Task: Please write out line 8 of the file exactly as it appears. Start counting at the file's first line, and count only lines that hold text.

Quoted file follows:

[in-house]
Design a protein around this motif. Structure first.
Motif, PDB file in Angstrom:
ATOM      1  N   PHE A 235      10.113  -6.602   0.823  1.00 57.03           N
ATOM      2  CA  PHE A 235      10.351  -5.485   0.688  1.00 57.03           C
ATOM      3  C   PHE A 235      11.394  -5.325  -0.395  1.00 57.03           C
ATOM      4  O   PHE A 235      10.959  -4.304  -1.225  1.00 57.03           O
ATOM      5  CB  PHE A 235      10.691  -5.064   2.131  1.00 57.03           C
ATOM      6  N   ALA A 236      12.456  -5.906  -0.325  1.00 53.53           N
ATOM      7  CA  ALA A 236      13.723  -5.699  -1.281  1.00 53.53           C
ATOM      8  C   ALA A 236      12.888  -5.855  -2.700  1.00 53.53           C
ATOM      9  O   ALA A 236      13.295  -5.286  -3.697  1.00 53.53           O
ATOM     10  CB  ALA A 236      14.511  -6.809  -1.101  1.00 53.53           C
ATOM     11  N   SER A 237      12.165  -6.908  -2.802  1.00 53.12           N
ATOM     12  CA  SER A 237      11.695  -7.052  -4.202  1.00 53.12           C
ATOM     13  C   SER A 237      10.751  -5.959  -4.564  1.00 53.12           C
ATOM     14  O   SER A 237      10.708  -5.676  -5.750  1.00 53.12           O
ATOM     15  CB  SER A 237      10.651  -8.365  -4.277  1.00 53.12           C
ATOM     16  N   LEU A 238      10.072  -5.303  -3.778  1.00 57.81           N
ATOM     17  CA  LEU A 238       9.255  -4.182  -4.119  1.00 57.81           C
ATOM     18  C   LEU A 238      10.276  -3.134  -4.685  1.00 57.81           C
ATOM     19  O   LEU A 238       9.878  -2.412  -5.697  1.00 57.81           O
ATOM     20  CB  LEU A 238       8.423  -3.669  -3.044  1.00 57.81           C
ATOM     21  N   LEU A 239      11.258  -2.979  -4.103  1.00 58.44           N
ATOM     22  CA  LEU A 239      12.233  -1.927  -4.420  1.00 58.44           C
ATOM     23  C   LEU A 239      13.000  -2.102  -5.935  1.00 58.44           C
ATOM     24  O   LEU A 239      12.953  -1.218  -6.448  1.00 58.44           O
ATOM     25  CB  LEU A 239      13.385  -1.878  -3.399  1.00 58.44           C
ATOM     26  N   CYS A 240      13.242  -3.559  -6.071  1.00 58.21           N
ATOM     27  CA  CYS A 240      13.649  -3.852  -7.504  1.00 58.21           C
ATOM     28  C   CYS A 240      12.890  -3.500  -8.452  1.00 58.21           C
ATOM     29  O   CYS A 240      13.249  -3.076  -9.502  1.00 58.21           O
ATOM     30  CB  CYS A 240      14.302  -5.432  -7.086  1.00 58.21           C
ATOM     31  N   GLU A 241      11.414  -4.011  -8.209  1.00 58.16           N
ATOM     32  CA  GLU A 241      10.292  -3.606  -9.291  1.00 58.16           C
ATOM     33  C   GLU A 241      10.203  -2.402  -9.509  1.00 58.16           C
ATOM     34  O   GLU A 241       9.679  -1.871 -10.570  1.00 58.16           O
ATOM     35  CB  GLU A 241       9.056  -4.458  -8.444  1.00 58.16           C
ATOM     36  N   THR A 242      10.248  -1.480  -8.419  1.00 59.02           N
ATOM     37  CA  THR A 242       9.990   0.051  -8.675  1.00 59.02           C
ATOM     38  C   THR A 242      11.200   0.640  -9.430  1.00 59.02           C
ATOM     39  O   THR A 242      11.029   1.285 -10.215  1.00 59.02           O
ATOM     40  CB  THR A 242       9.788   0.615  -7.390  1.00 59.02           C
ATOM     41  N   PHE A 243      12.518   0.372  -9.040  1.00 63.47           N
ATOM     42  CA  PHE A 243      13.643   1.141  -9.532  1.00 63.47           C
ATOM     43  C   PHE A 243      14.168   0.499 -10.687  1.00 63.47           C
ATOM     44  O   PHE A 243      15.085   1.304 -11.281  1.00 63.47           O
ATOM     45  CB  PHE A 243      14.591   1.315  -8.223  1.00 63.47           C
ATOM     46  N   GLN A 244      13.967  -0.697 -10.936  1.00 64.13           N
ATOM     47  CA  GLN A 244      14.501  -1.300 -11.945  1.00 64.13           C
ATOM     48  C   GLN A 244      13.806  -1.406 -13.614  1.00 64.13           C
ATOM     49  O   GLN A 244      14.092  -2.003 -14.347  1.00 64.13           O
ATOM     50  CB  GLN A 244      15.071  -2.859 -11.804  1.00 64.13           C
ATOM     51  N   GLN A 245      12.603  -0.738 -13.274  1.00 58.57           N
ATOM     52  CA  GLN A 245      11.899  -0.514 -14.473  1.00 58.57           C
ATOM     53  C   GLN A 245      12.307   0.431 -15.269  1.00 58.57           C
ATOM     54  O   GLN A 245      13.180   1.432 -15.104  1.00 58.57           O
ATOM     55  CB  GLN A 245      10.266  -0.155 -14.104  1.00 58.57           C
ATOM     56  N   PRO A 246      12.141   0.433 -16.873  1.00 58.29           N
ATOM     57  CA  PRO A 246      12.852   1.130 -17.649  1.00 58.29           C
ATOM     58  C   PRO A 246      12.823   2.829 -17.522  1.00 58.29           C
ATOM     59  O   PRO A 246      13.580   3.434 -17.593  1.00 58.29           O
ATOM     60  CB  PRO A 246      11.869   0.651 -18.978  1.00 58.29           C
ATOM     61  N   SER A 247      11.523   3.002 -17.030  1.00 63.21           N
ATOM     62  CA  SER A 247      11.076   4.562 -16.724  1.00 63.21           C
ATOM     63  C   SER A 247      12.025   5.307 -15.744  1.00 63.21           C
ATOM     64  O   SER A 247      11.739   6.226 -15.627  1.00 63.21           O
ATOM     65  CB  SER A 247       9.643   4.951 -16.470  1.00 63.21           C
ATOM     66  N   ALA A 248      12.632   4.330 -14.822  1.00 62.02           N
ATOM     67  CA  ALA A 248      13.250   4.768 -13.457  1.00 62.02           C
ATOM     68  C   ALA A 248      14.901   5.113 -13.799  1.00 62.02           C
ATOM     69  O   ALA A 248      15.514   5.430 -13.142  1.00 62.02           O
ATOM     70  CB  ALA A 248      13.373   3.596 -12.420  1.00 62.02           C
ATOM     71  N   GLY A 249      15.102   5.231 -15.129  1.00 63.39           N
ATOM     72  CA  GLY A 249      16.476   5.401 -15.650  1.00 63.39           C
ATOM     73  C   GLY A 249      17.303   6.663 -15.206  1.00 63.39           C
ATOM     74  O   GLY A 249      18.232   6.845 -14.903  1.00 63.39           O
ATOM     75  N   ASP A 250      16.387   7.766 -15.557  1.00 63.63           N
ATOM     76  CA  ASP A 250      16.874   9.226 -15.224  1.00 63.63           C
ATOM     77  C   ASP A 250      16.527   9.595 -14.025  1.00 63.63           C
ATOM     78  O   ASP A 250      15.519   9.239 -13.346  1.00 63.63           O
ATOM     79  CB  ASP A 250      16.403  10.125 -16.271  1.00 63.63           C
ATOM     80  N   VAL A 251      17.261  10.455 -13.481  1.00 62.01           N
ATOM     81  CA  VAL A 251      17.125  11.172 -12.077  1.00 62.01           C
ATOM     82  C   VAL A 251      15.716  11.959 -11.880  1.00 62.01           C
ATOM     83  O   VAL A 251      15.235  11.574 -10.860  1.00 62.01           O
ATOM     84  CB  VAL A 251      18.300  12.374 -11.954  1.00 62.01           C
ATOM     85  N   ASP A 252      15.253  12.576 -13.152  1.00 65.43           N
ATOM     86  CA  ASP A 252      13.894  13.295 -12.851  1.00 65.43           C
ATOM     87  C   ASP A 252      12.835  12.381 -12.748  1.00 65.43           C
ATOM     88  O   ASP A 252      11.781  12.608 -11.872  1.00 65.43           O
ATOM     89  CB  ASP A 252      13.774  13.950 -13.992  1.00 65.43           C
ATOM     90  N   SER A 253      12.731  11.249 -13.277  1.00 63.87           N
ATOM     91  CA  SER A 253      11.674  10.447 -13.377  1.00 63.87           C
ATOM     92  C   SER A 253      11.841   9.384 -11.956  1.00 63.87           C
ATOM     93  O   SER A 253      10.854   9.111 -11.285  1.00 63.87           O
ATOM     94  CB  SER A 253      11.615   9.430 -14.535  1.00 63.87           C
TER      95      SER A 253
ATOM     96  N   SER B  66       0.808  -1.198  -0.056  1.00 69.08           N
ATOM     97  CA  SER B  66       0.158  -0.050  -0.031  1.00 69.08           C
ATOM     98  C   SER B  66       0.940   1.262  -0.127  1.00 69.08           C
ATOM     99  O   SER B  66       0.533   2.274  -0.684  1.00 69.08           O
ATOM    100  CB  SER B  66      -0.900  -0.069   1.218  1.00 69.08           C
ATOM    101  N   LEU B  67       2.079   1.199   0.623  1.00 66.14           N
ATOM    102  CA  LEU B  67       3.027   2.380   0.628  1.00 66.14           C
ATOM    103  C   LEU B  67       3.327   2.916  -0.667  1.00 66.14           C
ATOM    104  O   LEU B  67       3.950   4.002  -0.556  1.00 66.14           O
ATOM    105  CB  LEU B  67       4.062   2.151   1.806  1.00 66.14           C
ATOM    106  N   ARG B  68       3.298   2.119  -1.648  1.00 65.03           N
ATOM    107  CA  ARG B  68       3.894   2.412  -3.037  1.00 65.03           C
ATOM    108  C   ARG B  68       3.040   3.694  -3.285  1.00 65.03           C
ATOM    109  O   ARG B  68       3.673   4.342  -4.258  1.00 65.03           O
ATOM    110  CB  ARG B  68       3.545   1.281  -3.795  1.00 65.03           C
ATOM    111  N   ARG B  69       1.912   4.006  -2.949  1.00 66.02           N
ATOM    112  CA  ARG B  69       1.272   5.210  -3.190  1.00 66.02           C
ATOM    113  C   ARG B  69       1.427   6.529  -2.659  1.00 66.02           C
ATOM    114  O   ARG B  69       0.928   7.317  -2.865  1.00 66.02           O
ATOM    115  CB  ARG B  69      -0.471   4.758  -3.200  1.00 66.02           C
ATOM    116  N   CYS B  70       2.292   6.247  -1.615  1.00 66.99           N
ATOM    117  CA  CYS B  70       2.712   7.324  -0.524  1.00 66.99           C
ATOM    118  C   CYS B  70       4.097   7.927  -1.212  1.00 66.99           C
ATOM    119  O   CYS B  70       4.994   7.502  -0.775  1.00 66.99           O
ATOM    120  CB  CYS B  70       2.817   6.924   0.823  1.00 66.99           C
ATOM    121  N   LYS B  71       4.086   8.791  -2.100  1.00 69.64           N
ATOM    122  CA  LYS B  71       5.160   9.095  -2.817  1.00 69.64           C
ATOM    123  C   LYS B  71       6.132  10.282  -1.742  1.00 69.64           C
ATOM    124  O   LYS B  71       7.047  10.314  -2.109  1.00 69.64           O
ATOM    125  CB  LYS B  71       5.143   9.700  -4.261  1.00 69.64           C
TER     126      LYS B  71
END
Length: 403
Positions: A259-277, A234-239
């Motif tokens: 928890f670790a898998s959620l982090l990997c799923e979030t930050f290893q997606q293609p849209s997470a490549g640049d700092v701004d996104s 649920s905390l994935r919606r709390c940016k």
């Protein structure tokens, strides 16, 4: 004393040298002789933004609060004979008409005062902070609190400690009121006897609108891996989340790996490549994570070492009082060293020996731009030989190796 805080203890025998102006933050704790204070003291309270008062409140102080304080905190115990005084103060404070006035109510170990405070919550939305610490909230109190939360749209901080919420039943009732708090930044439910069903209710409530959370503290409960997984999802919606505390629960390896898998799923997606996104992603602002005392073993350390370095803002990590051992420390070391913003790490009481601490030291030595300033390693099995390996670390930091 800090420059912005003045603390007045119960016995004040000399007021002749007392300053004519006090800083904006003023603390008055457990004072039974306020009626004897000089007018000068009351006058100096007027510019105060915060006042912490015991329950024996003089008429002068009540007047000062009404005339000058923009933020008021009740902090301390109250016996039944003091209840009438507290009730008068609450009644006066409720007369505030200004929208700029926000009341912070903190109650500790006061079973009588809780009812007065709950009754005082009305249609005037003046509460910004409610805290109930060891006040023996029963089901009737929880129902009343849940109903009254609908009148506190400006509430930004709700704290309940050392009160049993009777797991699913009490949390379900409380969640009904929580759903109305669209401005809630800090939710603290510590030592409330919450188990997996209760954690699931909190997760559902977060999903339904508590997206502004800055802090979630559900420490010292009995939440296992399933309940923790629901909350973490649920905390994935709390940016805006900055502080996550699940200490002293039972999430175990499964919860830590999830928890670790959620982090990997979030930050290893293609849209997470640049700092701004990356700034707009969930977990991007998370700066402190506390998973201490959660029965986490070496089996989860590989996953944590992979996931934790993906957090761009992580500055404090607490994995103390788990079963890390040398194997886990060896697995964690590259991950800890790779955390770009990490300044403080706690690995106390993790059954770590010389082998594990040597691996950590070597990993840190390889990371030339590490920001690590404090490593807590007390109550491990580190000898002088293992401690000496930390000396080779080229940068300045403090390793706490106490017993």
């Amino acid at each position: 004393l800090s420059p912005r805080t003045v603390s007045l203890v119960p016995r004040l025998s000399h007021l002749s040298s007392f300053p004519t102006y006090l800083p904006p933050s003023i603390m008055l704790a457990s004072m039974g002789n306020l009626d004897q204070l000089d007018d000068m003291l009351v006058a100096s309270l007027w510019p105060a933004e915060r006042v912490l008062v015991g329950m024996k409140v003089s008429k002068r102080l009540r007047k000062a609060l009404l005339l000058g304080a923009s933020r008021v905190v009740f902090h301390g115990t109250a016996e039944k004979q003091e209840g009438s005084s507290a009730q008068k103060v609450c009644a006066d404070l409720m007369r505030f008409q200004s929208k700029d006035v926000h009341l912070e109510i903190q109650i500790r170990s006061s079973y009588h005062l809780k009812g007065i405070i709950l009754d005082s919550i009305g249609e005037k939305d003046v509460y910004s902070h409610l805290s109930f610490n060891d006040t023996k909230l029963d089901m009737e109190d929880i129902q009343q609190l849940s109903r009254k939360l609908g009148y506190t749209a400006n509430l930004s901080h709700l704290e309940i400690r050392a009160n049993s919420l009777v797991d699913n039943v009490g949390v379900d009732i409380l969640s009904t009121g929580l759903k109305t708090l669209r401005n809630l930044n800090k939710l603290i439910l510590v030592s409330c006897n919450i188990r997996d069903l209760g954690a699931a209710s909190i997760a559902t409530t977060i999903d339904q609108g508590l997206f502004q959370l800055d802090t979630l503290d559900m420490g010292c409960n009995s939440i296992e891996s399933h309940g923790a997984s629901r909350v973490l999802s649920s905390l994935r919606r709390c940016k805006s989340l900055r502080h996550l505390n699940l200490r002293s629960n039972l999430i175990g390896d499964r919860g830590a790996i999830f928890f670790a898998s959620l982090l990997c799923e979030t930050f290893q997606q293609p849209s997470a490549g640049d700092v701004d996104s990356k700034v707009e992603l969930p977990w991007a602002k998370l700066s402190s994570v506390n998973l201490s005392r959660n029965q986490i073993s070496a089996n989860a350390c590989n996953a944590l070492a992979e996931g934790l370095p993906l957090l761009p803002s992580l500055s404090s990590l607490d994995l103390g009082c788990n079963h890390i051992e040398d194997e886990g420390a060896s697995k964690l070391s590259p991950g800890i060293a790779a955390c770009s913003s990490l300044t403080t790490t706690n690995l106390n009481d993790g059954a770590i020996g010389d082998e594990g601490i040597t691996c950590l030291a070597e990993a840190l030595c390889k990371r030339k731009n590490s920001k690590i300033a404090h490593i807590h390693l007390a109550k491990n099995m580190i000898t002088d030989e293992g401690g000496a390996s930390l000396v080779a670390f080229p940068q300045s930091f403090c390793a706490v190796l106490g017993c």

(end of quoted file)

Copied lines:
ATOM      5  CB  PHE A 235      10.691  -5.064   2.131  1.00 57.03           C